What you don’t realize is that this woman is in an abusive relationship and she is late for work because she forgot to iron her husband’s shirt last night. Just an hour ago, he slapped her and forced her to do it, or else. Your seemingly insignificant contact put a smile on the face of this woman, who endures a job that she hates, an abusive spouse and the rigors of caring for two small children. Just for a minute, your small gesture reminds her that kindness still exists in the world. She loosens the grip on her children’s arms, and stops to reach down to give each a quick hug. With that done, she gently grasps their hands and hurries to drop them at school, before she heads to work. You’ve unwittingly made a connection, that, if only for a little while, positively affected another’s life.

As humans, we thrive on connections; that is, healthy and positive connections. They are integral to our self-worth and feeling of “belonging.” Positive connections sustain us through good times and bad, and reminds us that we are not alone.

Modern culture applauds those people who seemingly “pulled themselves up by their bootstraps,” only to become a huge success. However laudable that may be, it is the rare case where these feats are accomplished without the help of others, without a connection to others. Although the saying originally referred to raising children, “it takes a village,” is a truism in that, in most instances, we do not and can not go through life without help from others. If truth be told, we are where we are because of the support or assistance, be it negative or positive, of one or more people.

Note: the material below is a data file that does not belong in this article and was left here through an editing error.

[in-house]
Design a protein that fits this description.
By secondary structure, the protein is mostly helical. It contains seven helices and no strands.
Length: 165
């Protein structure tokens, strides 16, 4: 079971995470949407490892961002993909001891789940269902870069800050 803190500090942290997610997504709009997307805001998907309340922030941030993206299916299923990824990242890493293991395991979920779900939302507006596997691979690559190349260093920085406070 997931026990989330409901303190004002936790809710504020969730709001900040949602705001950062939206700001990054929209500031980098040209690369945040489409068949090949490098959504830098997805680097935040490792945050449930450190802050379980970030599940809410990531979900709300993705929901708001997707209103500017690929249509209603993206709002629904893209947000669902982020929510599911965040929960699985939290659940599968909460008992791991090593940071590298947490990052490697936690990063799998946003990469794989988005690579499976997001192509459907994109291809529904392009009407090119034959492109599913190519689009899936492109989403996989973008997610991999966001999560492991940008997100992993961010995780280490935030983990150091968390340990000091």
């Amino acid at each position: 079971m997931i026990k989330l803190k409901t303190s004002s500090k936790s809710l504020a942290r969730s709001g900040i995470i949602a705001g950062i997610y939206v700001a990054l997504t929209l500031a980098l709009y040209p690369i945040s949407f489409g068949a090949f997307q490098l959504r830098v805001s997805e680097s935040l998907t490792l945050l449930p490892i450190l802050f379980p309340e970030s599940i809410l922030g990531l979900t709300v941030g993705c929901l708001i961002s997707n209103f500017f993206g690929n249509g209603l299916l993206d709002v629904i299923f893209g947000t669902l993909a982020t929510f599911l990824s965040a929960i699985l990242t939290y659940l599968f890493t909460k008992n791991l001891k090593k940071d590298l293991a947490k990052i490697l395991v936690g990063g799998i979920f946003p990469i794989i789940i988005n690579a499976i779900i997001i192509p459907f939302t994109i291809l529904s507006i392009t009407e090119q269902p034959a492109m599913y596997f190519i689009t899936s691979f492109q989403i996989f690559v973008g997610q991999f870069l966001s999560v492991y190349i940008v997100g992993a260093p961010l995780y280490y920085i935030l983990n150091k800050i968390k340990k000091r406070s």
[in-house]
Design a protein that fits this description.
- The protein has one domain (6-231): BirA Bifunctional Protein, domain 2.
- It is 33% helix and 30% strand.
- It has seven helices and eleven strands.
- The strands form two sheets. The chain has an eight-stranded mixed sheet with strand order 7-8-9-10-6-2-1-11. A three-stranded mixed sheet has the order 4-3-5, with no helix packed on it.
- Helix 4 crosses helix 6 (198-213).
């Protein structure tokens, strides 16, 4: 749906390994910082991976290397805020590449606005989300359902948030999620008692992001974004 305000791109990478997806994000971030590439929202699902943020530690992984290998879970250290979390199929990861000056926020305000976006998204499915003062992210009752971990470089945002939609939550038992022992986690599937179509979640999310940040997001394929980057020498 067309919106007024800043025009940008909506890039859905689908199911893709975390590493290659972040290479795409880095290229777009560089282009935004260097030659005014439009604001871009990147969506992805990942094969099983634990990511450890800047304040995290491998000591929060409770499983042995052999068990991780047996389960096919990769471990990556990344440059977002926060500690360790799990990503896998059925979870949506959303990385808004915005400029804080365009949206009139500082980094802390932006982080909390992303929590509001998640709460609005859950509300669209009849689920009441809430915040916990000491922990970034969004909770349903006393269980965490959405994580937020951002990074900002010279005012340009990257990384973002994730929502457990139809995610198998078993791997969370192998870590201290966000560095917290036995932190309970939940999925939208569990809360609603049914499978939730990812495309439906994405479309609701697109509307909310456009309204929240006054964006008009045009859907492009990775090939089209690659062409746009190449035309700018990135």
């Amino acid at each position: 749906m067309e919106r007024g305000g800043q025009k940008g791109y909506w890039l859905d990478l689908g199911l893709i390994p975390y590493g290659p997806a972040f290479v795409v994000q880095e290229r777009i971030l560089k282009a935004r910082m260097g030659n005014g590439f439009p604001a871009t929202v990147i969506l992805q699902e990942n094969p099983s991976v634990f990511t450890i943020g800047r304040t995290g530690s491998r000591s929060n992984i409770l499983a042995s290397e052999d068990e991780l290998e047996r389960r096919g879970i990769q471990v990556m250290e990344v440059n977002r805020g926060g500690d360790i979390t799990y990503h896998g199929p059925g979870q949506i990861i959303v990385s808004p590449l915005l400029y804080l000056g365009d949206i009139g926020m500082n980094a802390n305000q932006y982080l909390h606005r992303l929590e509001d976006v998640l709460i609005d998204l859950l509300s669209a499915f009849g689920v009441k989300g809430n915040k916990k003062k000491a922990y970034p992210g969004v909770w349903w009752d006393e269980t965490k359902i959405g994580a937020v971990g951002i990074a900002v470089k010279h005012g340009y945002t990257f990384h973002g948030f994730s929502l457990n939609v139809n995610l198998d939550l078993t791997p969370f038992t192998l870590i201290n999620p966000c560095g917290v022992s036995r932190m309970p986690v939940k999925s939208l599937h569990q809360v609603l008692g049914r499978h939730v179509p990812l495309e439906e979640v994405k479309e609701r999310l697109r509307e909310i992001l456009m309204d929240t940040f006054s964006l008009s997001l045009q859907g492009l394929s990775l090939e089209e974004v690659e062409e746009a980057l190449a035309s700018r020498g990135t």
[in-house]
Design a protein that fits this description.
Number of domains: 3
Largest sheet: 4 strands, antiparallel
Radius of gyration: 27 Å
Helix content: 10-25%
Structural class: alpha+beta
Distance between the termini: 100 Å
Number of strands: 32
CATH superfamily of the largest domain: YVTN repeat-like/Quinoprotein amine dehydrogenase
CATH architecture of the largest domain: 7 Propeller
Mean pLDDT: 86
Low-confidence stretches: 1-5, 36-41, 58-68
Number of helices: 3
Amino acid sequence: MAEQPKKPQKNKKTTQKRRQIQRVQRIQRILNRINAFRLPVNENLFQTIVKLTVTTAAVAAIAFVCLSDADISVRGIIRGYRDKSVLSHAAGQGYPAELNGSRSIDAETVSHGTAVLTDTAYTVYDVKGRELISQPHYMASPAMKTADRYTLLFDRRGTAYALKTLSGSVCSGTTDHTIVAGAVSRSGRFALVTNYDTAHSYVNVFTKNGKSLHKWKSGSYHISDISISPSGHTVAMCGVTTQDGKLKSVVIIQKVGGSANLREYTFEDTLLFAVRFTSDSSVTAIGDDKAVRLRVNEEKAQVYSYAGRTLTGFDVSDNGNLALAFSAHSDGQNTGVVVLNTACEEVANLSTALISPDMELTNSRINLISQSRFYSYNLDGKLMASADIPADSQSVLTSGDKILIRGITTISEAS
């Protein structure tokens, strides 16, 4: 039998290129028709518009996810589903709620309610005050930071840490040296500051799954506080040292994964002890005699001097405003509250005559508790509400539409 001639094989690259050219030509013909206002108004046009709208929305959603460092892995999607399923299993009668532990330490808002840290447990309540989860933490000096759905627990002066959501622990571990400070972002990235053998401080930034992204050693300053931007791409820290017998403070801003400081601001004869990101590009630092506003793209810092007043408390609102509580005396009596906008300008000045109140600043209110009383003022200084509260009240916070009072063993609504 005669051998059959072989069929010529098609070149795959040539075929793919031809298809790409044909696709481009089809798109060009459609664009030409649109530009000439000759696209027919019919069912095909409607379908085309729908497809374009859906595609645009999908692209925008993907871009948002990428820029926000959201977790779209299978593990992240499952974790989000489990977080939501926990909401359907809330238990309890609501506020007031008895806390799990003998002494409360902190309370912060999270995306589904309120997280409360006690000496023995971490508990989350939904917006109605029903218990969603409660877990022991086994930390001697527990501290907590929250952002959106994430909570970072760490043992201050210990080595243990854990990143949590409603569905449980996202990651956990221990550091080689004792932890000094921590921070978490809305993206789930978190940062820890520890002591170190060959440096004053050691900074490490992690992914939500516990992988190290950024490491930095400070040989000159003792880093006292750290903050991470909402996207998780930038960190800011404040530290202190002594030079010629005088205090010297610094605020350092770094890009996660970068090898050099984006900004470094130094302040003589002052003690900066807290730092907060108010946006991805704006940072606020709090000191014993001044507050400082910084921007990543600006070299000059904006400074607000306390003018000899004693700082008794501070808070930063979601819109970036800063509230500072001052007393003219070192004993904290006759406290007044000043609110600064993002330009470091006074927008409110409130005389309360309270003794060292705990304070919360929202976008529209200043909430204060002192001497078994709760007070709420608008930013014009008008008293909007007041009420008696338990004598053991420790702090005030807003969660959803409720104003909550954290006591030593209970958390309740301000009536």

Moreover, we must remember that we do not live or act in a vacuum and our actions may be far-reaching. It is rare that our actions do not affect someone, even, as the Daily Om article notes, in the purchase of a wooden stool. Such a mundane act, is emblematic of connection at work. Whereas positive connections have a positive effect, negative connections or the absence of connections have a detrimental impact on the psyche.

For instance, bullying is a big problem in our schools. Although some view it as “kids being kids,” that belittles the act. The problem is so endemic that the government has weighed in on the topic. Bullying is a form of physical, mental and emotional abuse that leaves the helpless victim ostracized and suffering from, as noted by the website “Stop Bullying,” lower grades in school, alienation, a host of health problems, including depression and in some cases, even resorting to violent measures. Bullying is a negative connection that yields negative results.